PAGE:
For our Dead of the Day we go back to 1981 once again, this time to the Hartford Civic Center. We were all set to go with the Camp Randall show from this date in 1971, but one listen to this Sugaree changed our minds. Jerry delivers the lyrics as if the person to whom they are directed is darting out – or perhaps just about to be dragged out - the door. Behind the words, the band plays at a furious pace and the jams reach a blistering intensity. From that tune onwards – and really with the Stranger opener too – the first set just fires with occasionally truly epic results like the intensely beautiful Peggy-O and the set-closing China> Rider. The second set rocks an Alabama Getaway opener and builds from there. The real magic in that set, however, is post-Space as they come out with an Other One that, while not monstrous, is strong and solid with some interesting riffs and mini-jams packed into its short five minutes or so. The Stella that comes next is a stunner, which heads right into an incredibly fast-paced, dance-your-socks off, jammed to the max closing to the set with Miracle> Bertha> Good Lovin’. It is amazing that anyone – in the band or on the floor – had energy left for the expected One More Saturday Night encore that finishes off the evening.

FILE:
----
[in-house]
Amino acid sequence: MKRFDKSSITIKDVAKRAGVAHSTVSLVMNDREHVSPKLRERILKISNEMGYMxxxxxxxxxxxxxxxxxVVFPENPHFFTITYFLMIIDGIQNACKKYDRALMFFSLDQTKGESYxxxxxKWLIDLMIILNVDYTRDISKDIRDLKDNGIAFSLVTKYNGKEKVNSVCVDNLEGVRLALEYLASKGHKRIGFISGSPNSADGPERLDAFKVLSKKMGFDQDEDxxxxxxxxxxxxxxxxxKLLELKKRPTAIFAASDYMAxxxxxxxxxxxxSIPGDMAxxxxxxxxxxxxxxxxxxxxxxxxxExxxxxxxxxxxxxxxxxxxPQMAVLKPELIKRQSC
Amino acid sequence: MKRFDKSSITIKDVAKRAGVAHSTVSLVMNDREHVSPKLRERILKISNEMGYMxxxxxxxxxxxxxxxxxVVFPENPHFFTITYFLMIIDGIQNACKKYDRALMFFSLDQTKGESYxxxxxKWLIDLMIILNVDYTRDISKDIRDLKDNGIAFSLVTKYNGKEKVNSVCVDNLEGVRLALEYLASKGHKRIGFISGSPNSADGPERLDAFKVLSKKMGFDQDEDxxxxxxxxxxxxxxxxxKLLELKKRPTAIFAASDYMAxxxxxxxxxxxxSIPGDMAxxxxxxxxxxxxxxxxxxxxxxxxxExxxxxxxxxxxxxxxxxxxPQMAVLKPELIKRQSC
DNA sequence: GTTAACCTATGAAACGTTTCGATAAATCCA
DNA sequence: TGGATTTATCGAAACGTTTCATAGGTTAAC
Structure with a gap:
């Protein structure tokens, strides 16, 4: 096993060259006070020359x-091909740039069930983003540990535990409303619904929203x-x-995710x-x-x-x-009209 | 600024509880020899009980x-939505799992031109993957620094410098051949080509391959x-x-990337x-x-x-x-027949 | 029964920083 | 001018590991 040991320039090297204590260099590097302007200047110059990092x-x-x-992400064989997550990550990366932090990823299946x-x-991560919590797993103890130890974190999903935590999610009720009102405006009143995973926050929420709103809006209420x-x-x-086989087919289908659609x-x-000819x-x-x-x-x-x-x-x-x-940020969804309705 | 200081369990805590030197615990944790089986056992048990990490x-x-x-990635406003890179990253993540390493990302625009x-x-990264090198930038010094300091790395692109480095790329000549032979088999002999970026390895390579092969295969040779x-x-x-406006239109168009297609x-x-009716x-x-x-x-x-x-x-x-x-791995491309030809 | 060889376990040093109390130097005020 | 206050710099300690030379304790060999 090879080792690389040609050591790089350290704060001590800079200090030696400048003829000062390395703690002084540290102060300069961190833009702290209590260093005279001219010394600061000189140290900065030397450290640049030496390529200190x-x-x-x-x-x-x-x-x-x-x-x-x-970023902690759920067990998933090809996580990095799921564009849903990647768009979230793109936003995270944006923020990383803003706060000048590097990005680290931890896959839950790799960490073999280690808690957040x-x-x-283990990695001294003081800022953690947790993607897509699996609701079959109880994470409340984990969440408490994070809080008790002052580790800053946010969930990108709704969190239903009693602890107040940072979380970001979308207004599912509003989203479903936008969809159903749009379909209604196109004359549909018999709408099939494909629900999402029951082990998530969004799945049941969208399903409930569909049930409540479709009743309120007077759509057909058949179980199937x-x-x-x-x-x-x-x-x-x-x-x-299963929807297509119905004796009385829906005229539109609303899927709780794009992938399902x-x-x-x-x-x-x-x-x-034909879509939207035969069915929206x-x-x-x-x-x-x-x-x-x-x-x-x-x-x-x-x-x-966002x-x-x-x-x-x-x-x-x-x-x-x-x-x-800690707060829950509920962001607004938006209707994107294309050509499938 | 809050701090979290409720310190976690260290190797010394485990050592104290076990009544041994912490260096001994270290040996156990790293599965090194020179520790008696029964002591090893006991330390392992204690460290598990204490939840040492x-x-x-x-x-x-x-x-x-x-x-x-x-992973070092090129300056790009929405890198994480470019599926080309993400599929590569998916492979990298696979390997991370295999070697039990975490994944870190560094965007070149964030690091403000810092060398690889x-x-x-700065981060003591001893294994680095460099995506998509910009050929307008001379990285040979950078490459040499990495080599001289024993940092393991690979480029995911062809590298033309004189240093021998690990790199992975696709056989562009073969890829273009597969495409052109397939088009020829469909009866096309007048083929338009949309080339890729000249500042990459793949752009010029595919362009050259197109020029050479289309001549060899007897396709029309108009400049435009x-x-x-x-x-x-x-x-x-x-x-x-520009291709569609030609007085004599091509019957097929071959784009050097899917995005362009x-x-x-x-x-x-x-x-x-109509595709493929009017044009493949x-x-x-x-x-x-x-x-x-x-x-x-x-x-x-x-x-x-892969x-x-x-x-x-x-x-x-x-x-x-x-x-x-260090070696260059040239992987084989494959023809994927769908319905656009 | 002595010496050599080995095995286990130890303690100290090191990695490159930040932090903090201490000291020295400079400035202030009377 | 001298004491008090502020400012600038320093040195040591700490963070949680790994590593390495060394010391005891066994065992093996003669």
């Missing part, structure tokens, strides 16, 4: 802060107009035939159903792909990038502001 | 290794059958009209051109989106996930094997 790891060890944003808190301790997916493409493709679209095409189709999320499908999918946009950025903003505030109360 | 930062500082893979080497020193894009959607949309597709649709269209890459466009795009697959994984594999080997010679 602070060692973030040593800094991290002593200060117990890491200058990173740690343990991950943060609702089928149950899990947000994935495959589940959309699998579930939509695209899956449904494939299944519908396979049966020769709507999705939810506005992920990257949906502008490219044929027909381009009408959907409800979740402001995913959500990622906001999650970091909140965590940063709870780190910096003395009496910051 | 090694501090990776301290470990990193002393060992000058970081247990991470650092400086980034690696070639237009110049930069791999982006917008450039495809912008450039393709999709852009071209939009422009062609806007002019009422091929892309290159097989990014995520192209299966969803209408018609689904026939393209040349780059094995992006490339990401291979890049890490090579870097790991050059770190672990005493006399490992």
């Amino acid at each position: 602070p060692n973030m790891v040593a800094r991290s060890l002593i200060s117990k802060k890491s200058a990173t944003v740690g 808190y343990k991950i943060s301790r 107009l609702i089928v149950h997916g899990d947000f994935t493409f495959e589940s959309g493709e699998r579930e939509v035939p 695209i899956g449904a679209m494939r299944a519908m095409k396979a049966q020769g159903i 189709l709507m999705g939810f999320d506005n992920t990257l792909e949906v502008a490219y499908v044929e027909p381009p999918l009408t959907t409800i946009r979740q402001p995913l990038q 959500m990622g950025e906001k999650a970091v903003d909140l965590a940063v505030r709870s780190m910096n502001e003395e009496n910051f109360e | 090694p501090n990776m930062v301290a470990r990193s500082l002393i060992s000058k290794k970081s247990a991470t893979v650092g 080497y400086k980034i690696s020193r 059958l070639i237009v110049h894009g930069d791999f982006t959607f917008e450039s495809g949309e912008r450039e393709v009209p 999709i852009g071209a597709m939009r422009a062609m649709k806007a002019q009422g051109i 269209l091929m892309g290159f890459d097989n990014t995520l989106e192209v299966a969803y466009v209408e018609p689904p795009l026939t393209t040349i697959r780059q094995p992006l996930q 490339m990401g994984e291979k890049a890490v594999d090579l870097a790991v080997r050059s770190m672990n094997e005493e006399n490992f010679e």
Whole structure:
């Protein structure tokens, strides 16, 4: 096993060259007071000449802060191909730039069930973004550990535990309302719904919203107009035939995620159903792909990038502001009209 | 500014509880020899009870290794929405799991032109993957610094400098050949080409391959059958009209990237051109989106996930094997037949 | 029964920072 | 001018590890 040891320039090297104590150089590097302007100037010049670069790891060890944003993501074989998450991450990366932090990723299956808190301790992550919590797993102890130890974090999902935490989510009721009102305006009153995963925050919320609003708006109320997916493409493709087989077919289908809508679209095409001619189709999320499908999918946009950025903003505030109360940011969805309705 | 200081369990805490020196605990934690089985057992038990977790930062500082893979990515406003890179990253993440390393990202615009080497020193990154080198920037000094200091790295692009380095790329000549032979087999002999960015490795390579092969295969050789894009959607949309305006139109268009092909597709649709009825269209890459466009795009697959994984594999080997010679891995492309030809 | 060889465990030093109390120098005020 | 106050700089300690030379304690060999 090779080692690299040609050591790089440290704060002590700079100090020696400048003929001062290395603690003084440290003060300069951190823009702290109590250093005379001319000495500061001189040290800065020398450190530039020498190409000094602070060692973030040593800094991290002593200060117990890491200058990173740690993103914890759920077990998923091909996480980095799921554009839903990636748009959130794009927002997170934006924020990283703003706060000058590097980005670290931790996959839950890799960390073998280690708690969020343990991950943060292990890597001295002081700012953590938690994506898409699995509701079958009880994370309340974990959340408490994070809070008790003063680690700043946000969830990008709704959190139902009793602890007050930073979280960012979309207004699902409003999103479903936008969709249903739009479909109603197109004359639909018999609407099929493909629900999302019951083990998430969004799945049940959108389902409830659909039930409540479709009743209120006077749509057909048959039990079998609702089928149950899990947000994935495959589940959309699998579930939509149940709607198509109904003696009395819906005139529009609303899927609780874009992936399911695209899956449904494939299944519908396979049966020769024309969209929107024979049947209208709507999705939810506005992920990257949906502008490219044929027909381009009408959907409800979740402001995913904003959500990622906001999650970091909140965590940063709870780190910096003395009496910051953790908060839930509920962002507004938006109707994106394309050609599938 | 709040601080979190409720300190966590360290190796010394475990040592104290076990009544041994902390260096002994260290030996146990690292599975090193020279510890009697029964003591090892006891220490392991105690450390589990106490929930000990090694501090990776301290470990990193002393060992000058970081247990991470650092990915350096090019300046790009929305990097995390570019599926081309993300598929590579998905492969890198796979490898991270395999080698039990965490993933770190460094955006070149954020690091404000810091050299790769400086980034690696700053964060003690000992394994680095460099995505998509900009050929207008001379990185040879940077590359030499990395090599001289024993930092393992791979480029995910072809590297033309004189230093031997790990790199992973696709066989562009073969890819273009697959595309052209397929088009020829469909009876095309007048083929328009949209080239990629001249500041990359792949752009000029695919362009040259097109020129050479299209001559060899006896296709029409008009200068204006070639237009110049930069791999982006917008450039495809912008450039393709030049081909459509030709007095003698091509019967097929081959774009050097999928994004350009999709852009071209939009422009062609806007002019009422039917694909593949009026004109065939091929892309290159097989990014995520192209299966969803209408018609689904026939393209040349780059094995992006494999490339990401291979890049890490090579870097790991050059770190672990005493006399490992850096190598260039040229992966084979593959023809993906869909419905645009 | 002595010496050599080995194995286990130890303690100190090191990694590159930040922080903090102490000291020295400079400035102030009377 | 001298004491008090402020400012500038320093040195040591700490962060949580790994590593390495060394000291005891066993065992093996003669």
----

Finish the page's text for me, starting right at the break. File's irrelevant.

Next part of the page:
The Stella Blue here is, as we have said, magnificent. In the transition into it out of The Other One, Jerry plays about twenty seconds of Jesu, Joy of Man’s Desiring, which is one of Bach’s most well-known movements. The original German verses express a deep intimacy with Jesus while the more familiar English text is more about the power that God grants to those who believe. It is interesting to ponder Jerry’s intention in referencing the song here. If Jerry is using it as a prelude to Stella, it might be a sort of ironic or resigned statement at the melancholy end of the sad and unfulfilled life that Stella speaks of. If, on the other hand, Jerry is actually playing Joy of Man’s Desiring as the final flourish to The Other One, perhaps he is hinting at the sacredness of the counterculture, Pranksters, or Cassady. Of course, Jerry might just have thought that a little Bach turn was the perfect thing at that moment musically with no additional meaning intended. The only other times that I know of Jerry playing the Bach jam before Stella is another night in 1981: October 19th in Barcelona. Jerry did return to Joy of Man’s Desiring at least three other times, twice in 1991 (9/21 and 9/24 at the Boston Garden) and once in 1993 (3/18). On each of these occasions, it comes out of Space and before The Other One, Foolish Heart, and Corrina, respectively. Steve Kimock has literally quoted the English version of Jesu, Joy of Man’s Desiring before and after versions of Stella.